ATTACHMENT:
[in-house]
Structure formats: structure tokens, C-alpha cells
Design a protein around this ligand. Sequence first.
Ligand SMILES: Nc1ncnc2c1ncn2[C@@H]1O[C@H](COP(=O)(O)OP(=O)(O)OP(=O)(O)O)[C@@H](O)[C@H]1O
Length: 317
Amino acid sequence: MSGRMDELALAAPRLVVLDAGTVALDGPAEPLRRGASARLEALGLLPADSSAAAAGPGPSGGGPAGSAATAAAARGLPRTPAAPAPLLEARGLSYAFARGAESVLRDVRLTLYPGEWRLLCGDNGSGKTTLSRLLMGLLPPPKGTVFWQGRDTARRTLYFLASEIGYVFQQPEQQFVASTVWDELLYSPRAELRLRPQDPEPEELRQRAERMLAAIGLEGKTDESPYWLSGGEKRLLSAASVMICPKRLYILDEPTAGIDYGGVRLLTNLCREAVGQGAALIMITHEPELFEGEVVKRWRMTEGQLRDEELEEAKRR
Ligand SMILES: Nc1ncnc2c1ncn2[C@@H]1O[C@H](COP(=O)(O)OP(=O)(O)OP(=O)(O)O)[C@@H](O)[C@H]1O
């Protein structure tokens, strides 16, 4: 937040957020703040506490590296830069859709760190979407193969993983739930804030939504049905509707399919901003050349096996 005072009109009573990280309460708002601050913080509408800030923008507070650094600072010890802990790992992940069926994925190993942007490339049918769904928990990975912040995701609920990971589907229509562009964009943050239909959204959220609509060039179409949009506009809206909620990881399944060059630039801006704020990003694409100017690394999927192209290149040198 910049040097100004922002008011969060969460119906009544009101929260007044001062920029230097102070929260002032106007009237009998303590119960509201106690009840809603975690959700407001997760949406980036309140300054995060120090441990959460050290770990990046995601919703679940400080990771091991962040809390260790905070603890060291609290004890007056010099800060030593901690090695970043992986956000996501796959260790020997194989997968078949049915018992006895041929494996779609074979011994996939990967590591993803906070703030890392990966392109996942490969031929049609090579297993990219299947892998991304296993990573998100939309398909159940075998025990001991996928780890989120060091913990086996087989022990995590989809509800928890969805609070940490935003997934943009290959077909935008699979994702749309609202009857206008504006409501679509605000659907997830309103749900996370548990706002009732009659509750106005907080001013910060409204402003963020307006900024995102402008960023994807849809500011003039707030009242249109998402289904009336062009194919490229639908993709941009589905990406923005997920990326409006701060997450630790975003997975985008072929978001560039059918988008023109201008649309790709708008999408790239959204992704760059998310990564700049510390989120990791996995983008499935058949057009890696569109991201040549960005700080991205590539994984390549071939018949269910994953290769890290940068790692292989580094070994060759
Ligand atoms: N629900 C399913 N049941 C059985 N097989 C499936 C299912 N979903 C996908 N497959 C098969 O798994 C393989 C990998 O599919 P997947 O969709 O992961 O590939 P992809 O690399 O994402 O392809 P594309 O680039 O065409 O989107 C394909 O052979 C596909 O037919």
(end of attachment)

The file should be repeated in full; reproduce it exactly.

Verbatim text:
[in-house]
Structure formats: structure tokens, C-alpha cells
Design a protein around this ligand. Sequence first.
Ligand SMILES: Nc1ncnc2c1ncn2[C@@H]1O[C@H](COP(=O)(O)OP(=O)(O)OP(=O)(O)O)[C@@H](O)[C@H]1O
Length: 317
Amino acid sequence: MSGRMDELALAAPRLVVLDAGTVALDGPAEPLRRGASARLEALGLLPADSSAAAAGPGPSGGGPAGSAATAAAARGLPRTPAAPAPLLEARGLSYAFARGAESVLRDVRLTLYPGEWRLLCGDNGSGKTTLSRLLMGLLPPPKGTVFWQGRDTARRTLYFLASEIGYVFQQPEQQFVASTVWDELLYSPRAELRLRPQDPEPEELRQRAERMLAAIGLEGKTDESPYWLSGGEKRLLSAASVMICPKRLYILDEPTAGIDYGGVRLLTNLCREAVGQGAALIMITHEPELFEGEVVKRWRMTEGQLRDEELEEAKRR
Ligand SMILES: Nc1ncnc2c1ncn2[C@@H]1O[C@H](COP(=O)(O)OP(=O)(O)OP(=O)(O)O)[C@@H](O)[C@H]1O
């Protein structure tokens, strides 16, 4: 937040957020703040506490590296830069859709760190979407193969993983739930804030939504049905509707399919901003050349096996 005072009109009573990280309460708002601050913080509408800030923008507070650094600072010890802990790992992940069926994925190993942007490339049918769904928990990975912040995701609920990971589907229509562009964009943050239909959204959220609509060039179409949009506009809206909620990881399944060059630039801006704020990003694409100017690394999927192209290149040198 910049040097100004922002008011969060969460119906009544009101929260007044001062920029230097102070929260002032106007009237009998303590119960509201106690009840809603975690959700407001997760949406980036309140300054995060120090441990959460050290770990990046995601919703679940400080990771091991962040809390260790905070603890060291609290004890007056010099800060030593901690090695970043992986956000996501796959260790020997194989997968078949049915018992006895041929494996779609074979011994996939990967590591993803906070703030890392990966392109996942490969031929049609090579297993990219299947892998991304296993990573998100939309398909159940075998025990001991996928780890989120060091913990086996087989022990995590989809509800928890969805609070940490935003997934943009290959077909935008699979994702749309609202009857206008504006409501679509605000659907997830309103749900996370548990706002009732009659509750106005907080001013910060409204402003963020307006900024995102402008960023994807849809500011003039707030009242249109998402289904009336062009194919490229639908993709941009589905990406923005997920990326409006701060997450630790975003997975985008072929978001560039059918988008023109201008649309790709708008999408790239959204992704760059998310990564700049510390989120990791996995983008499935058949057009890696569109991201040549960005700080991205590539994984390549071939018949269910994953290769890290940068790692292989580094070994060759
Ligand atoms: N629900 C399913 N049941 C059985 N097989 C499936 C299912 N979903 C996908 N497959 C098969 O798994 C393989 C990998 O599919 P997947 O969709 O992961 O590939 P992809 O690399 O994402 O392809 P594309 O680039 O065409 O989107 C394909 O052979 C596909 O037919």